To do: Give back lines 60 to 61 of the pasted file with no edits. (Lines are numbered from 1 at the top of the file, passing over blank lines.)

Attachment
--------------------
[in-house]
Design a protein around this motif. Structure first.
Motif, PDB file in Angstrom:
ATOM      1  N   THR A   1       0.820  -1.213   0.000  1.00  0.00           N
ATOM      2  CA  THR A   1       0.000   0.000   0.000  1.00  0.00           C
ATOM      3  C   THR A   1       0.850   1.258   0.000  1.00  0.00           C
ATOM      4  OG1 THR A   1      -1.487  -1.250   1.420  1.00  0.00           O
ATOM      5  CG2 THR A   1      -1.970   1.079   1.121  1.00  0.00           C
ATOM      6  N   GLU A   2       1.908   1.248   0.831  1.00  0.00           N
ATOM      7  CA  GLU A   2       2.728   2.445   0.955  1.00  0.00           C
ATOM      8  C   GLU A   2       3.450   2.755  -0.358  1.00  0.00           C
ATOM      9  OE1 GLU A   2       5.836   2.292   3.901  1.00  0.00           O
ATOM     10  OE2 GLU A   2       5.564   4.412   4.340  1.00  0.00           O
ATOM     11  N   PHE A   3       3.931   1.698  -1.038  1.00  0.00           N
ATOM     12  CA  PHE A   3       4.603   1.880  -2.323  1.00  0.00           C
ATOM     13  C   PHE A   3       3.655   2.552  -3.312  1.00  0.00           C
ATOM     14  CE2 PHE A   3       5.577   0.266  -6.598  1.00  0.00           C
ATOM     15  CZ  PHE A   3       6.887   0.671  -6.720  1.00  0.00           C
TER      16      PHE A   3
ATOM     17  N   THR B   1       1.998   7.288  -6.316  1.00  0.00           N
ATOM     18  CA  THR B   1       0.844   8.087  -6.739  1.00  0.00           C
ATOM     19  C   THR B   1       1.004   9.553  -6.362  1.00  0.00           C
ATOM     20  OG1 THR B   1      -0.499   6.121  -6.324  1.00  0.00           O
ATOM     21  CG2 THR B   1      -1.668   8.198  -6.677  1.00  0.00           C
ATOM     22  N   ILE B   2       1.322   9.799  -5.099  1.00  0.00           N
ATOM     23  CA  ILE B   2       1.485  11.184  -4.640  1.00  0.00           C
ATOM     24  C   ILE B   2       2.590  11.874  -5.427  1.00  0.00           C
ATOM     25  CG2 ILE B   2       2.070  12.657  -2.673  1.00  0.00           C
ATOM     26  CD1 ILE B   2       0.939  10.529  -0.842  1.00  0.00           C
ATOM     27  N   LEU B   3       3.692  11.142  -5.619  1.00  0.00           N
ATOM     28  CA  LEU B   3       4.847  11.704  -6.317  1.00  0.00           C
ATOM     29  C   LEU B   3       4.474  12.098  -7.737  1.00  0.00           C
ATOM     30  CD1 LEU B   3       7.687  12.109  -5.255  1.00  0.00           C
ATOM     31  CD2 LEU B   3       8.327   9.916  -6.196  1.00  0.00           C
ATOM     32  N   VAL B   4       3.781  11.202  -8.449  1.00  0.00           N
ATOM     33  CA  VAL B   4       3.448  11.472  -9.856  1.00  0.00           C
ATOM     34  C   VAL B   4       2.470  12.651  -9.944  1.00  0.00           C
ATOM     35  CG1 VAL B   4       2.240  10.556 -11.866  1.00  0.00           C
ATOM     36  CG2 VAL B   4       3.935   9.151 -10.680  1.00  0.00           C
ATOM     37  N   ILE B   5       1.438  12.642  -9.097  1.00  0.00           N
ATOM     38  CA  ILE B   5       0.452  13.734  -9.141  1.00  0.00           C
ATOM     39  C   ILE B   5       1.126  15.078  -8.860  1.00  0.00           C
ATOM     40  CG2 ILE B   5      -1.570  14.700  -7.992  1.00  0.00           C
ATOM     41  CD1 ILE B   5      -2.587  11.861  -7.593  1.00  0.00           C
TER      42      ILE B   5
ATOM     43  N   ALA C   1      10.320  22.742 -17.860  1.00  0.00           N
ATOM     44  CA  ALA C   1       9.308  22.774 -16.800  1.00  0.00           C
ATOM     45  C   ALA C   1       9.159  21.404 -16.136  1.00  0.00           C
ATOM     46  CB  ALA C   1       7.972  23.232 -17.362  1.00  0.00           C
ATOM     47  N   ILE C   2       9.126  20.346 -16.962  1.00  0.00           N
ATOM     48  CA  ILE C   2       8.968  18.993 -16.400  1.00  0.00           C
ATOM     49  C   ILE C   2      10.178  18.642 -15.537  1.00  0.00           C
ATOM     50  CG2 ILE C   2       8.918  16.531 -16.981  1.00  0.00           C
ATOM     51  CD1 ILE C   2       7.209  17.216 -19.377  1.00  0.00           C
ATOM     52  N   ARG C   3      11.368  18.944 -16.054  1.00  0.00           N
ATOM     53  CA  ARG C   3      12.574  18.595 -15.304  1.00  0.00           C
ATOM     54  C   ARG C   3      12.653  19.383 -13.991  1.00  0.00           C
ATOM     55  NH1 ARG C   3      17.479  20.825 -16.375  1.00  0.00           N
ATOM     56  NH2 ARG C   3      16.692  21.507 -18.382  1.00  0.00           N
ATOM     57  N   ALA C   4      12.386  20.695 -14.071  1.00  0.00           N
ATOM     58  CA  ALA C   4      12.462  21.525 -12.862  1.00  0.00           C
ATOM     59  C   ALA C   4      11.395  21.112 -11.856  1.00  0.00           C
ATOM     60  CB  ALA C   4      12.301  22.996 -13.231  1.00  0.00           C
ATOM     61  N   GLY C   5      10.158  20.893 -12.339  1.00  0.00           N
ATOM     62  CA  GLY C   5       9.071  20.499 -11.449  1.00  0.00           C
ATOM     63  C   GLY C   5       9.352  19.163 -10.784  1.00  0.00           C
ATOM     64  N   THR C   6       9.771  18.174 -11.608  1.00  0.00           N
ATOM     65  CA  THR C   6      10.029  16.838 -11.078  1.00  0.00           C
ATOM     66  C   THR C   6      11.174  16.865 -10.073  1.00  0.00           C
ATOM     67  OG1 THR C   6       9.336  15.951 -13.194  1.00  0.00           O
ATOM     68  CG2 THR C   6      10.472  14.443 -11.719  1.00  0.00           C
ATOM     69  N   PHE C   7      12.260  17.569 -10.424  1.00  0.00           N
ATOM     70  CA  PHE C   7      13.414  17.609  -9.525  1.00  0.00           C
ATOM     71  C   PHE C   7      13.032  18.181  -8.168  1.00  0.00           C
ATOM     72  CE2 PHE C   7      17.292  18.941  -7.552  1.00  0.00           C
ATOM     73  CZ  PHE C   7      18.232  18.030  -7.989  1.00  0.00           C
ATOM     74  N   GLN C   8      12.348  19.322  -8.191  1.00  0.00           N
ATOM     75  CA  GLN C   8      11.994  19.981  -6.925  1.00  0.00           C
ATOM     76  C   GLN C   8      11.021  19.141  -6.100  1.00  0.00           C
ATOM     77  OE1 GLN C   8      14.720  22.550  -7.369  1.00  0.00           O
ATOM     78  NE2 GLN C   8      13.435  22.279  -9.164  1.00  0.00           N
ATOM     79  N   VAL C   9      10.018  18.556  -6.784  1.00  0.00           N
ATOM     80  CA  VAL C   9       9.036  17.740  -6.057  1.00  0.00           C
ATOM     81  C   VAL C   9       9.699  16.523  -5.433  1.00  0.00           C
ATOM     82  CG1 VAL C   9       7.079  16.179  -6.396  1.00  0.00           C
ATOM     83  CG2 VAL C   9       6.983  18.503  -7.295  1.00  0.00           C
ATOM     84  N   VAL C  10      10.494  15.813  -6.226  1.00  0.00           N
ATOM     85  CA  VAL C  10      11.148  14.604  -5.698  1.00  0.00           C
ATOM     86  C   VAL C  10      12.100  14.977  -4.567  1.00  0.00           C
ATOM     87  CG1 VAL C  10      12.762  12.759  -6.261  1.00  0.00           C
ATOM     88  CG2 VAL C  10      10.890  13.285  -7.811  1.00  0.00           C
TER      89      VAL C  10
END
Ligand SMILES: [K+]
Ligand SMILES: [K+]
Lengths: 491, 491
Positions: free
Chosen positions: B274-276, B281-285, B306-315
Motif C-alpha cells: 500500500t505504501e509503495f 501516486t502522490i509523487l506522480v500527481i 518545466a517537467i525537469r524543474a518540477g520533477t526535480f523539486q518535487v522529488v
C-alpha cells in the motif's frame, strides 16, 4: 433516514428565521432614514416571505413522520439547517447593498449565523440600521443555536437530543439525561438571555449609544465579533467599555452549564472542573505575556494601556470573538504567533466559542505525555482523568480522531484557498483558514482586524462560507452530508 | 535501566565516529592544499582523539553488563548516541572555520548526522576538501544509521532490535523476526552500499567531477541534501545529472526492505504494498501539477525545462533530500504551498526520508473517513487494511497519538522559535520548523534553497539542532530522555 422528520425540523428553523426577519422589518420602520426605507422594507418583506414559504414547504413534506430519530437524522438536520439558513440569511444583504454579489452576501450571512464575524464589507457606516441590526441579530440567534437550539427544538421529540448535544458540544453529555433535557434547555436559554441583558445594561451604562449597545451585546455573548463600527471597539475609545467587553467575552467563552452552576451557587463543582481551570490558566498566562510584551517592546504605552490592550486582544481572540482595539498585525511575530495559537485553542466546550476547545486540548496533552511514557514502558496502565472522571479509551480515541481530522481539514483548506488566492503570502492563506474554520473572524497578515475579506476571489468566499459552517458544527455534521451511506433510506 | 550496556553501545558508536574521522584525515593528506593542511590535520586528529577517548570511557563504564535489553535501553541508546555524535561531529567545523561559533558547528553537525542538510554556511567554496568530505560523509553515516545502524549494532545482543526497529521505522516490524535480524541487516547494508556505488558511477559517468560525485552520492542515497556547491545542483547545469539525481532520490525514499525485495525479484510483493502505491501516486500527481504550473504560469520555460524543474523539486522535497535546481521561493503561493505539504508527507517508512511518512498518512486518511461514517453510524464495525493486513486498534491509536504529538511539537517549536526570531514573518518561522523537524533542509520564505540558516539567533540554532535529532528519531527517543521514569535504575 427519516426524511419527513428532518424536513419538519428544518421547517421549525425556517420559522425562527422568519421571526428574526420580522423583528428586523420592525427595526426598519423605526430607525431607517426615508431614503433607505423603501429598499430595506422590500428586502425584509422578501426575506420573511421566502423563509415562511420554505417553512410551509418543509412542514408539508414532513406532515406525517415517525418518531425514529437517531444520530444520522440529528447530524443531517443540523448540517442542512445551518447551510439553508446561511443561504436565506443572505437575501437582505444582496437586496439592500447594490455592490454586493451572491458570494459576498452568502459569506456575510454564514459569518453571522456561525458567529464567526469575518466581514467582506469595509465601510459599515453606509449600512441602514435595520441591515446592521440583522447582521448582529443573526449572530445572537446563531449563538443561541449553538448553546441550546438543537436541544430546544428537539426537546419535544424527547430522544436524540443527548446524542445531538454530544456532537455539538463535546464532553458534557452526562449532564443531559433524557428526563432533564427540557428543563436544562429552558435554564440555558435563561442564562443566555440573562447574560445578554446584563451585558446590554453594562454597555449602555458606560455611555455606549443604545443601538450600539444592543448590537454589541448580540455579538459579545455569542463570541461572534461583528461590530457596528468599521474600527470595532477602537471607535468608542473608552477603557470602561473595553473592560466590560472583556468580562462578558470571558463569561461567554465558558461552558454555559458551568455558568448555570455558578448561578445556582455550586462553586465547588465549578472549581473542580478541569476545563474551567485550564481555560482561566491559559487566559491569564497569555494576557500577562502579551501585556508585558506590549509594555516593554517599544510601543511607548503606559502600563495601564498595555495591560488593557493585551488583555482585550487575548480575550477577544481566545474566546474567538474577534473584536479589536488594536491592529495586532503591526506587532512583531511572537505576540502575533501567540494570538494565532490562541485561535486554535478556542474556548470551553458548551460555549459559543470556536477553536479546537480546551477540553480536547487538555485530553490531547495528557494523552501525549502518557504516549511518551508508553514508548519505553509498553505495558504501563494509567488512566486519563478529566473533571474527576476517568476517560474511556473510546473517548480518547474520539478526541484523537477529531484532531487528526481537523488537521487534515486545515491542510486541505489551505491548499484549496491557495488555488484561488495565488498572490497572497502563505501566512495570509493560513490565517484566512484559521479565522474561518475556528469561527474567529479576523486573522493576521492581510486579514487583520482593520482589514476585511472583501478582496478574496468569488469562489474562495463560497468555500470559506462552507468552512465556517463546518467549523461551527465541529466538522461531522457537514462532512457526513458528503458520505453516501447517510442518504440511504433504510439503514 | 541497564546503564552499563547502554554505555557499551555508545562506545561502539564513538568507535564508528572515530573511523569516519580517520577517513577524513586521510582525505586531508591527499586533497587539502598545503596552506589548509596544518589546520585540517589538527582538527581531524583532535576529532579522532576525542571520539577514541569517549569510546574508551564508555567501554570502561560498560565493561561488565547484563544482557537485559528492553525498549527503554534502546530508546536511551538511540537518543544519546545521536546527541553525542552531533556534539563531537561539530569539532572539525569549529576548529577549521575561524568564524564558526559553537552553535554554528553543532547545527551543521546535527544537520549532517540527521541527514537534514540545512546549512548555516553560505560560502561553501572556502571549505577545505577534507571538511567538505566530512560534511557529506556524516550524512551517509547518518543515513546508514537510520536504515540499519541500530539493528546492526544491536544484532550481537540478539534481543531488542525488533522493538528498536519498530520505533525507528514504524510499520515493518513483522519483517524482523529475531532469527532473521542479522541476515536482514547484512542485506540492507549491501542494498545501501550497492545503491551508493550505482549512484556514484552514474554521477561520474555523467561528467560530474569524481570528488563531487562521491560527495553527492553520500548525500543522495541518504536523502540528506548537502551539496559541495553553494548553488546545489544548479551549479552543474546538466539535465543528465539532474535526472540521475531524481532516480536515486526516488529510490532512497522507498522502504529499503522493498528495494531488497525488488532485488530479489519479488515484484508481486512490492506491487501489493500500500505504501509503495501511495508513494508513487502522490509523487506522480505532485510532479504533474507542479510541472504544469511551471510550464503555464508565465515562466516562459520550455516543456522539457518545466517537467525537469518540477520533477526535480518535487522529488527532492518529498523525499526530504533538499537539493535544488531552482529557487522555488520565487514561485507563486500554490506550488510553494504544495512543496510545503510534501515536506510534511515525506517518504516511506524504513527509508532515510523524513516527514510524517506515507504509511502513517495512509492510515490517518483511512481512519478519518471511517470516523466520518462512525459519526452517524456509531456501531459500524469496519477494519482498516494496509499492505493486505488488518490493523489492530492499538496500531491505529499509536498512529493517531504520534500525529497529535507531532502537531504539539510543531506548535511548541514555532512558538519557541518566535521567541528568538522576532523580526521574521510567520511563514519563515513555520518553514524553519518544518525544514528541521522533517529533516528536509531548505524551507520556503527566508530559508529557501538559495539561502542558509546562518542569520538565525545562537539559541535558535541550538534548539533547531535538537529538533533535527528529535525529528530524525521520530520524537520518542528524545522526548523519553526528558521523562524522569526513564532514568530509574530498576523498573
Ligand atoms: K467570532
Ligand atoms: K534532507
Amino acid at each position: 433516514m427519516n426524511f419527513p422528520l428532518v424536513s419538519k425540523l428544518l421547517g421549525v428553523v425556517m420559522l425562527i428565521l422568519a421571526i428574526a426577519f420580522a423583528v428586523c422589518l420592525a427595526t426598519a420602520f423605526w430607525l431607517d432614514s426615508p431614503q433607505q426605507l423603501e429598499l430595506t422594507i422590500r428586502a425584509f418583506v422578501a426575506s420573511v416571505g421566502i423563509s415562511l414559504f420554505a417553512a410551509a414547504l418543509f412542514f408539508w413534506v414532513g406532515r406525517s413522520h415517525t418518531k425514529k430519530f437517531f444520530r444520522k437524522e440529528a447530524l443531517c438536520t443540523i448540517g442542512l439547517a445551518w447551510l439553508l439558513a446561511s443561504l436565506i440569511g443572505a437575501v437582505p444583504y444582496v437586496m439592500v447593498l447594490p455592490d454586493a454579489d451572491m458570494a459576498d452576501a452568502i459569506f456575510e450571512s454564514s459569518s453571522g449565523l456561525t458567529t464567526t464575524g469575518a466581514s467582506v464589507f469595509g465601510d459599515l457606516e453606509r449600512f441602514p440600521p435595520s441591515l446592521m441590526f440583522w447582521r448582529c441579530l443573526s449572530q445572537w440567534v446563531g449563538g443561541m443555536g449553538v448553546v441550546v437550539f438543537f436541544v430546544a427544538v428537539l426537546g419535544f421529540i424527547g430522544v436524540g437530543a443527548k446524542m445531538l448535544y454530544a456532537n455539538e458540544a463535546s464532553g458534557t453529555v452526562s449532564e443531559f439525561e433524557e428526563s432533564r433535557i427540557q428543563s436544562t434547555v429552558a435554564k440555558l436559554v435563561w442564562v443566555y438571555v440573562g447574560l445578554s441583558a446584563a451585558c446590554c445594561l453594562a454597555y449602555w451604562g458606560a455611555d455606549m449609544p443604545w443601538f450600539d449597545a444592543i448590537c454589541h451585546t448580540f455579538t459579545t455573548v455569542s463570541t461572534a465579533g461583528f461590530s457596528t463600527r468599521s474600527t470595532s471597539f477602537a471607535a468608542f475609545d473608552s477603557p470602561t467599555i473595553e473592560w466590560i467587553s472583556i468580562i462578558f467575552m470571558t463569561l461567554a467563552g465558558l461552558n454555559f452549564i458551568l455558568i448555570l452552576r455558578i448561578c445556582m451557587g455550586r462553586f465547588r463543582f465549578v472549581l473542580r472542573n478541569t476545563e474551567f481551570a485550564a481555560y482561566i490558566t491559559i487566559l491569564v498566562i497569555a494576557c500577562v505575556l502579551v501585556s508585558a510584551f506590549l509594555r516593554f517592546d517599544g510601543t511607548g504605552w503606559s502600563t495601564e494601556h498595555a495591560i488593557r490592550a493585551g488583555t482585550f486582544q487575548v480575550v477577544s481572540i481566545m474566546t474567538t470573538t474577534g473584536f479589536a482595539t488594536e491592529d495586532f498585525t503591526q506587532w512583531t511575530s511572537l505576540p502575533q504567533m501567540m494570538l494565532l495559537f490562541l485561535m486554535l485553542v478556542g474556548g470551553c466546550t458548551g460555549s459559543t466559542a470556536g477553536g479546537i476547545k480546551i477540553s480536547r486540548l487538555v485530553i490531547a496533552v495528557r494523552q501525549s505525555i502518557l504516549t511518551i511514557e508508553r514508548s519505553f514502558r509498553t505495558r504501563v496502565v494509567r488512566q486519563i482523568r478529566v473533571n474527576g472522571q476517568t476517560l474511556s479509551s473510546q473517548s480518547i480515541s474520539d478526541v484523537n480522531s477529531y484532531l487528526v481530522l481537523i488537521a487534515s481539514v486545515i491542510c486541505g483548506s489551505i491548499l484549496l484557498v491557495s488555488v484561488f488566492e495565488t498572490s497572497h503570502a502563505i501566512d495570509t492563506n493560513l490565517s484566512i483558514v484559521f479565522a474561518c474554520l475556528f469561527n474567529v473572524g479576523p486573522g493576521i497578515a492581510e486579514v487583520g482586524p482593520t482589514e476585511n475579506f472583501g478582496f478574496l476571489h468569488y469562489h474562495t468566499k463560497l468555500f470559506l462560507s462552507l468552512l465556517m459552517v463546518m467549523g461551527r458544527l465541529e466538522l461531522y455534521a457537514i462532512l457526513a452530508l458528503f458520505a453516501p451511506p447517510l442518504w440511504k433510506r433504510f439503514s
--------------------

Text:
ATOM     57  N   ALA C   4      12.386  20.695 -14.071  1.00  0.00           N
ATOM     58  CA  ALA C   4      12.462  21.525 -12.862  1.00  0.00           C